Living with Fibromyalgia
Treatment can help sufferers of the chronic pain syndrome.
Illustration by Stephen Sauer
We all have aches and pains now and then, but experiencing chronic pain is something altogether different. For fibromyalgia patients, it's life. They can typically expect to begin and end each day feeling physically and, in many cases, emotionally lousy. Symptoms can be severe enough to make daily tasks difficult, yet some patients find that fibromyalgia is like the Rodney Dangerfield of ailments - it arouses little sympathy from family and co-workers who skeptically view the somewhat mysterious condition as "all in your head."
Fibromyalgia is a disorder characterized by widespread and persistent pain that is accompanied by fatigue and sleep disturbances and often anxiety, headaches and cognitive and memory problems. It affects an estimated 5 million Americans, according to the National Institute of Arthritis and Musculoskeletal and Skin Diseases, and occurs most often in middle-aged women, but fibromyalgia cases have cropped up in men, teenagers and the elderly. Many fibromyalgia patients have experienced some sort of trauma, such as abuse or a car accident, but not all instances of the disorder can be traced to a triggering ordeal or event.
A diagnostic test for fibromyalgia does not exist. Instead, it is viewed as a syndrome that is identified through factors such as patient history, physical examination results and clinical symptoms, says James A. Mirazita, MD, ABIPP, medical director of Pain Solutions, which has offices in Nashua, Bedford, Peterborough and Laconia.
Its cause remains unknown. Some theories have proposed viral beginnings, or blame chronic sleep deprivation for the lingering pain and other symptoms, says Mirazita. It is true that fibromyalgia patients "almost always have a significant sleep issue," he says, and symptoms improve when problematic sleep is addressed head-on through measures such as lifestyle changes and medication. "But the fact is, nobody knows the true cause," he says.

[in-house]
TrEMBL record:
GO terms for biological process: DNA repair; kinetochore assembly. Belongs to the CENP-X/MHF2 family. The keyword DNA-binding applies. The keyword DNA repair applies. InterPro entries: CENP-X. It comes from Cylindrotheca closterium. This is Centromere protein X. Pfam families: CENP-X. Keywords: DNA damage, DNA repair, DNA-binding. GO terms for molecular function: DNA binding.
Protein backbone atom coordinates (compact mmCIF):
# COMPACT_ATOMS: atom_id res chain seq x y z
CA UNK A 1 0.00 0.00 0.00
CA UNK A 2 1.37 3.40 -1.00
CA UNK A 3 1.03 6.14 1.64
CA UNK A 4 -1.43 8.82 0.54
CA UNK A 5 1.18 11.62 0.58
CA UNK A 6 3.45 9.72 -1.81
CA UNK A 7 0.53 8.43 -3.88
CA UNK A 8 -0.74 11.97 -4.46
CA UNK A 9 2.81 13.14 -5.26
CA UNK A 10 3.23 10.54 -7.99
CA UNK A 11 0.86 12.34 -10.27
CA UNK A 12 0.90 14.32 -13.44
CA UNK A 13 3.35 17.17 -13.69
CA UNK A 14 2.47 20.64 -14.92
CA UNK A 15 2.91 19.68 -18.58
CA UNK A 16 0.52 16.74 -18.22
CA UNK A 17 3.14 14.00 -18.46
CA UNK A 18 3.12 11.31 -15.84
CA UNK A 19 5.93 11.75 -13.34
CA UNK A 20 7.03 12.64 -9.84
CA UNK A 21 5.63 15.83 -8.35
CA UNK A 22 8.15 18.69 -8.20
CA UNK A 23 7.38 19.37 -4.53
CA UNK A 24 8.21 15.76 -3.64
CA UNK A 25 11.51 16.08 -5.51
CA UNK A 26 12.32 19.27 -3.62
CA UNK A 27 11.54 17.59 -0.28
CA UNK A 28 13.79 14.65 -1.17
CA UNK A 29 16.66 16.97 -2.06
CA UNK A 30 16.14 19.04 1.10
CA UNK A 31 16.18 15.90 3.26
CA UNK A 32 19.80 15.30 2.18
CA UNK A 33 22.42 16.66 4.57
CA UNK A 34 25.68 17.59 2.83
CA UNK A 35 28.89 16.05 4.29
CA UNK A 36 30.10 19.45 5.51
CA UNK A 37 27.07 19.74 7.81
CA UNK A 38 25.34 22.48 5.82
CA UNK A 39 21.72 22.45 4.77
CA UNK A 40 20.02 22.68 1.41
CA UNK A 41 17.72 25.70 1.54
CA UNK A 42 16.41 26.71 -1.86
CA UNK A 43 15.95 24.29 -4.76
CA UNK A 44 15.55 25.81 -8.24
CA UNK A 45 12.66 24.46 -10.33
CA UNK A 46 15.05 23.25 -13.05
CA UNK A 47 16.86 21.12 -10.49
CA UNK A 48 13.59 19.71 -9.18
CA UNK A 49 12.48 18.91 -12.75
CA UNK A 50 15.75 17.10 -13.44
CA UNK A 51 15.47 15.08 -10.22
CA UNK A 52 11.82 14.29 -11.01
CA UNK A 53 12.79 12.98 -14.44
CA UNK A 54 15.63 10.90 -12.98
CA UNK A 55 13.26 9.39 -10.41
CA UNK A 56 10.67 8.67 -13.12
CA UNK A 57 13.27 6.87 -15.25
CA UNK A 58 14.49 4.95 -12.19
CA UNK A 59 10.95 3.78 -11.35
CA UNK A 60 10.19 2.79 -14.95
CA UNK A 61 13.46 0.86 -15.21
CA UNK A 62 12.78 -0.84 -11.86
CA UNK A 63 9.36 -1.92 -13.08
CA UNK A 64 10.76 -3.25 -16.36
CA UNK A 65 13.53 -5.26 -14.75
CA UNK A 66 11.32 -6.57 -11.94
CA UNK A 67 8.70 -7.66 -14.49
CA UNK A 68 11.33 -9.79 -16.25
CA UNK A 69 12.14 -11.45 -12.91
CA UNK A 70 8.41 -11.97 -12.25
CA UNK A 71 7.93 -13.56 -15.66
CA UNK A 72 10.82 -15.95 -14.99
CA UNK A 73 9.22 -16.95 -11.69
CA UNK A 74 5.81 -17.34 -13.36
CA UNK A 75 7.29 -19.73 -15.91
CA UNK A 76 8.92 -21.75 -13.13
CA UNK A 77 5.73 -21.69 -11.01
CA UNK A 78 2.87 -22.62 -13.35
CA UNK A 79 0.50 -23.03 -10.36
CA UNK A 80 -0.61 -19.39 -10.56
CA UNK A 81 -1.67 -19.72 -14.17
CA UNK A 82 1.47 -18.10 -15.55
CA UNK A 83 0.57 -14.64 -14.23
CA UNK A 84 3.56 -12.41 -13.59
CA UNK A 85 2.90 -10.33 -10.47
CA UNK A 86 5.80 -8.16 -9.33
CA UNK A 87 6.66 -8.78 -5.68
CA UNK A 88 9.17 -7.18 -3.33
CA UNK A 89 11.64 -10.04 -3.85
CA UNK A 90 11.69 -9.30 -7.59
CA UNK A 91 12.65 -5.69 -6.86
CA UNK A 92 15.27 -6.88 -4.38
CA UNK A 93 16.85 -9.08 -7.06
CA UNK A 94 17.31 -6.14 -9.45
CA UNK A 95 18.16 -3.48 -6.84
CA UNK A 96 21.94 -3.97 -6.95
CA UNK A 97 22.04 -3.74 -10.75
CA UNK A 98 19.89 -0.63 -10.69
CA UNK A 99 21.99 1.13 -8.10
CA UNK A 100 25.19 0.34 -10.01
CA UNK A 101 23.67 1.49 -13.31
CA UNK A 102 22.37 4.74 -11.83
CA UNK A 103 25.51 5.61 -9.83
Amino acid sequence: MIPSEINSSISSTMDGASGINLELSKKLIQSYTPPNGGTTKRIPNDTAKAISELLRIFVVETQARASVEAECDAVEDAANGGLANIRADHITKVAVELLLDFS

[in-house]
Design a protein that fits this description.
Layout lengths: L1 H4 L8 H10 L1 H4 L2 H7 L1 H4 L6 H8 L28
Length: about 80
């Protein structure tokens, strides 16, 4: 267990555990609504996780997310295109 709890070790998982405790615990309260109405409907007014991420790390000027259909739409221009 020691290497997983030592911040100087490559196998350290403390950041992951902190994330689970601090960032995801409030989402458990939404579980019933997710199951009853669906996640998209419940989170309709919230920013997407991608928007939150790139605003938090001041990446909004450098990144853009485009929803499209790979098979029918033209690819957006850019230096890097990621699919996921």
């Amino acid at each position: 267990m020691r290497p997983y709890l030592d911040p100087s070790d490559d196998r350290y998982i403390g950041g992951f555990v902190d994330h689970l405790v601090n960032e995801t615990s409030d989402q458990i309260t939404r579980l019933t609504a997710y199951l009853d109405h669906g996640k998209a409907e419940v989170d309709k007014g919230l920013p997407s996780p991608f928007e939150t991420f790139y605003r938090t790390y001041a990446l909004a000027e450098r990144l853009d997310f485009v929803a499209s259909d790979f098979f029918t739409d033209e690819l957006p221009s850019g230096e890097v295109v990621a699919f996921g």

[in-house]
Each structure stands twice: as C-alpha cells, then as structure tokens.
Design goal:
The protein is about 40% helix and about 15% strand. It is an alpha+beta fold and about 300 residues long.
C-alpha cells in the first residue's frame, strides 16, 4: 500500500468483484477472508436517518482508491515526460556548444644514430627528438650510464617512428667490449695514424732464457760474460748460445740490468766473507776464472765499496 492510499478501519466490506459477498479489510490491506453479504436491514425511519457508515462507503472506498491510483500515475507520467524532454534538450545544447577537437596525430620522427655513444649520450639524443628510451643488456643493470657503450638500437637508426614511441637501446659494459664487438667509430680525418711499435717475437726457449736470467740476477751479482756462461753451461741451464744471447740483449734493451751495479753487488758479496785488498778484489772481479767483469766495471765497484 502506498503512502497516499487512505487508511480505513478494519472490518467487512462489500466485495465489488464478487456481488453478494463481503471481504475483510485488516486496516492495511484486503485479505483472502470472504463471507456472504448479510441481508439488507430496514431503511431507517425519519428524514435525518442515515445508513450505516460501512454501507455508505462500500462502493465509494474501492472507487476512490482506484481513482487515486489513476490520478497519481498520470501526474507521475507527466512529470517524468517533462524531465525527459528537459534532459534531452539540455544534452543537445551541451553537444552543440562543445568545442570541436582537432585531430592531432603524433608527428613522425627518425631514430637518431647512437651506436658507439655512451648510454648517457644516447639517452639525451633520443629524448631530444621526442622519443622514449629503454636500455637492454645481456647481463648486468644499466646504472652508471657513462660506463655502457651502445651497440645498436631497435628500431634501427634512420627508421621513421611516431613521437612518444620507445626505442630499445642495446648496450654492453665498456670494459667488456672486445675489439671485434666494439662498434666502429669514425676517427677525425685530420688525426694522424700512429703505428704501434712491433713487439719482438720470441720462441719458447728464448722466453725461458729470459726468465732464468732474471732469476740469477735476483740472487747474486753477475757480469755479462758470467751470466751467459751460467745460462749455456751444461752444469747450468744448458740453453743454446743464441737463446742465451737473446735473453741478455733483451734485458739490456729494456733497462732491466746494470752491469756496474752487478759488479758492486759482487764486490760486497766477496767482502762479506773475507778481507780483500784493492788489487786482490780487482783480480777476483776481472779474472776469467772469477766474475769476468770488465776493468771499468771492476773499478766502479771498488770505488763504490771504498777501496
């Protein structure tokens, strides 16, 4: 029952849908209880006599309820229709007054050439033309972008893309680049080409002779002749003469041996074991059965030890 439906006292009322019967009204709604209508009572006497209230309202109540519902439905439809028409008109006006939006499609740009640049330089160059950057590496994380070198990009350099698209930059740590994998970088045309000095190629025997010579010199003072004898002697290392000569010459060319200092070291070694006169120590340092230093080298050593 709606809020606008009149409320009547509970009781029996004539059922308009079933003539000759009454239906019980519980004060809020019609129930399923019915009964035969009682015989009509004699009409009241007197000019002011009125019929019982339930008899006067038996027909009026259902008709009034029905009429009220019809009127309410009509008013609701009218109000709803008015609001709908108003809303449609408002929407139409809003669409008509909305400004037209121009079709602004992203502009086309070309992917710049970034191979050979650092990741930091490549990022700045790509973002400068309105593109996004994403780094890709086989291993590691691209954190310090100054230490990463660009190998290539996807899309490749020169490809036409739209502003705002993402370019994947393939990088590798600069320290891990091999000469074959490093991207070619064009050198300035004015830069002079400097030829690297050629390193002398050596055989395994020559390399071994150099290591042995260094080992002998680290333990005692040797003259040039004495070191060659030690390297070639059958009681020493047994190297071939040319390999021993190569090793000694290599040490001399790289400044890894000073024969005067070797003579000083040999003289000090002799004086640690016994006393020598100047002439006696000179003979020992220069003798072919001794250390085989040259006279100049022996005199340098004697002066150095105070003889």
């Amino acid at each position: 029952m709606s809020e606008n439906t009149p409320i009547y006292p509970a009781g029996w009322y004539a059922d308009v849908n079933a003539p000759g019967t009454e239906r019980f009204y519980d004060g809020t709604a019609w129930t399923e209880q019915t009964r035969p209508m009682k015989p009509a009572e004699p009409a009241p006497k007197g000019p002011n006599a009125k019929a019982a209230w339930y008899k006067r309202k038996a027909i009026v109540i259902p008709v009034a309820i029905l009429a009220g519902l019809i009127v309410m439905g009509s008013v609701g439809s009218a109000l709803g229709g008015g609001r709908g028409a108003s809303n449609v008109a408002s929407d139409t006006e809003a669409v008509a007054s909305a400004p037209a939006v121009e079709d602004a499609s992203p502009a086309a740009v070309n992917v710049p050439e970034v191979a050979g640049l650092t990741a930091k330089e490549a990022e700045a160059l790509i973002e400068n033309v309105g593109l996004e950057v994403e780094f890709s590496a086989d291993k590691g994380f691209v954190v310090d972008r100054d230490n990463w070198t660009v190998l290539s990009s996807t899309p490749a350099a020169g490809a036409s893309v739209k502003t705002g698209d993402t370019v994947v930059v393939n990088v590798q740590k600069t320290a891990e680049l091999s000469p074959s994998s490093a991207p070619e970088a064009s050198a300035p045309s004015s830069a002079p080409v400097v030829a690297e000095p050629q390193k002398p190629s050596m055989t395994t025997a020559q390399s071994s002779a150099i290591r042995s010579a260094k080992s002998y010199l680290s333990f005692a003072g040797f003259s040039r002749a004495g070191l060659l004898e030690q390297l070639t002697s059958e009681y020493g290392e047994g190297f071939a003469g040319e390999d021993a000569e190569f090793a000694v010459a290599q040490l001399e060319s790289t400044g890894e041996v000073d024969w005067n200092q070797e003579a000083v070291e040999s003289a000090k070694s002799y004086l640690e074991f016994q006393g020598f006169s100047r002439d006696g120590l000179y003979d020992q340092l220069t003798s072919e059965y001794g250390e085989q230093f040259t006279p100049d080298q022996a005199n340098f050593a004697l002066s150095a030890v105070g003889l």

Although fibromyalgia's origins remain elusive, many experts believe they're getting closer to understanding the source. "For many years, fibromyalgia was considered a psychosomatic disease," since patients reported generalized pain but testing ruled out all possible physical causes of the pain, says Joshua Greenspan, MD, a pain medicine specialist at PainCare, which has offices throughout New Hampshire. But with the advent of MRI technology, an objective way to study pain through brain imaging was born, and it has led many scientists today to believe that patients with fibromyalgia have a sort of faulty pain processing mechanism; they essentially have overactive pain processing systems that cause them to perceive pain even when there is no physical damage to the body, Greenspan says. It's as if the body keeps sounding the alarm even though there is no reason to go into red-alert mode. In fibromyalgia patients "alarms are constantly going off," Greenspan says, so patients feel pain constantly.
There is no cure for fibromyalgia, but many patients have found relief from symptoms through treatment. Lifestyle changes can help - often patients benefit from learning chronic pain coping skills, taking stress management classes or engaging in psychological or psychiatric treatment that includes behavioral modification and stress management principles, Mirazita says. Group classes offer the added advantage of allowing patients to hear from others who have similar problems, creating "a web of support," Mirazita says, and a setting in which patients can receive "reinforcement and encouragement to keep on trying to move forward and not let [fibromyalgia] ruin their lives." Many patients also find complementary treatment, including massage therapy and acupuncture, to be helpful, he says.